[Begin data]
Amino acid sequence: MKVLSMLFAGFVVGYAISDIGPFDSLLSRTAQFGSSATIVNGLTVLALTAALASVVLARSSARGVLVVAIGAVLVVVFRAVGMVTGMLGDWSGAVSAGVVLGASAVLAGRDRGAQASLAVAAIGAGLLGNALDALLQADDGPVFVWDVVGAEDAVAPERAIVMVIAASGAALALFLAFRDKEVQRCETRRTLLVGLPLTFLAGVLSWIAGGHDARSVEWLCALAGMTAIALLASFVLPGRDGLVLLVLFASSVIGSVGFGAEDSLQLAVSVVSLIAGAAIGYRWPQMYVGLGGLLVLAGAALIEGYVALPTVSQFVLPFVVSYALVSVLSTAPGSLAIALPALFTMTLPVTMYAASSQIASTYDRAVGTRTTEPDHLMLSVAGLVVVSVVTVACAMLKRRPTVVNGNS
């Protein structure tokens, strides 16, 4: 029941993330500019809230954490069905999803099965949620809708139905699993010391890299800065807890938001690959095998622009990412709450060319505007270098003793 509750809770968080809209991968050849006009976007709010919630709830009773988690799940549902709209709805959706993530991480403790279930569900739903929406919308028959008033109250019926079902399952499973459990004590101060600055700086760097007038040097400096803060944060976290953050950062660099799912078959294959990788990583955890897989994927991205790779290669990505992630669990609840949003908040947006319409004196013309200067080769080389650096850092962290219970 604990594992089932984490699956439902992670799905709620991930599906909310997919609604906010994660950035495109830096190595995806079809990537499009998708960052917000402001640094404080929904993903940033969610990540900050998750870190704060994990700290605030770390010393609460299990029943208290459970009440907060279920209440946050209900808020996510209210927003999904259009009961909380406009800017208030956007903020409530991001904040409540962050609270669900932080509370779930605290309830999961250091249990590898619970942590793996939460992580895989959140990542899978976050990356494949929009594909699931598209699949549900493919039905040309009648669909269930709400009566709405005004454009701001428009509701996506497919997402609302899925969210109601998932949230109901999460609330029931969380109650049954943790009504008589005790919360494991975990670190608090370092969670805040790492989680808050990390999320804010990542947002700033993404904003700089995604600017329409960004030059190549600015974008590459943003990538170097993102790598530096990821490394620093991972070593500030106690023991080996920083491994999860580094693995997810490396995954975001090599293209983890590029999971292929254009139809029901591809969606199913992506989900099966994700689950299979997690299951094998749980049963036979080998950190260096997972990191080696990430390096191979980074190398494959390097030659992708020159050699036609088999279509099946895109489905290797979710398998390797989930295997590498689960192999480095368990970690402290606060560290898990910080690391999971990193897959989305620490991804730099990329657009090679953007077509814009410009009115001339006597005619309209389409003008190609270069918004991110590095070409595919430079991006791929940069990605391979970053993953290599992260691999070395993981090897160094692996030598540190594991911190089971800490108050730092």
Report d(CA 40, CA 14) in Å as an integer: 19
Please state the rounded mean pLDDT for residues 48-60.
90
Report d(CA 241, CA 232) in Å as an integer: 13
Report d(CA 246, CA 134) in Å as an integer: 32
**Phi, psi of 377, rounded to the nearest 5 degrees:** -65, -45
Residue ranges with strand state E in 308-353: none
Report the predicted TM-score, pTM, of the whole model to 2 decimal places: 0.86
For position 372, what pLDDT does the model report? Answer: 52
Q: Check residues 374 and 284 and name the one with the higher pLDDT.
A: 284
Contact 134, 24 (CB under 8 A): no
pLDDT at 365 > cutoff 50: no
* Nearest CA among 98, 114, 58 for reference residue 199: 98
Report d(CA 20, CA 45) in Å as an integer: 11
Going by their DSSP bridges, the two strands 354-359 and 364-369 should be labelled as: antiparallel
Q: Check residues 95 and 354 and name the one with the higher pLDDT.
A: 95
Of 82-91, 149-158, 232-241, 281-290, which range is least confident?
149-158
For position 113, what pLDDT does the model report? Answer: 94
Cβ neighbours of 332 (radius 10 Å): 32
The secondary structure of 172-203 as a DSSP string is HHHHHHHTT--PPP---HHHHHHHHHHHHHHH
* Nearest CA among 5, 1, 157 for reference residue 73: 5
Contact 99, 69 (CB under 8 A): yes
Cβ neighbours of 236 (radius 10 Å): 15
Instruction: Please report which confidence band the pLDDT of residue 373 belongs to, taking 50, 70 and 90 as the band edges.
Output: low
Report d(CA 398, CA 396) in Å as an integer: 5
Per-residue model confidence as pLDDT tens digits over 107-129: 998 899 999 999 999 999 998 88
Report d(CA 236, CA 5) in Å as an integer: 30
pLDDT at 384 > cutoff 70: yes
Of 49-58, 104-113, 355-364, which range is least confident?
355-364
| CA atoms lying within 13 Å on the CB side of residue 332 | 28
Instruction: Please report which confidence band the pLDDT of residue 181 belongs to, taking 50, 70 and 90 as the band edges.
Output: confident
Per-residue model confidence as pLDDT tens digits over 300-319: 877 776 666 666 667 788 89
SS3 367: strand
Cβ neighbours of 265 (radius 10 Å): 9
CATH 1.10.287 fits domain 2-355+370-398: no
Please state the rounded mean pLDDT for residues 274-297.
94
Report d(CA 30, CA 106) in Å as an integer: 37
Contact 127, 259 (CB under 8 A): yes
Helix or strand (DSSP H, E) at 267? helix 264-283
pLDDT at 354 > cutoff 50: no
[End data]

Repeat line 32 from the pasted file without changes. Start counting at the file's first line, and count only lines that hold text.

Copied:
Per-residue model confidence as pLDDT tens digits over 107-129: 998 899 999 999 999 999 998 88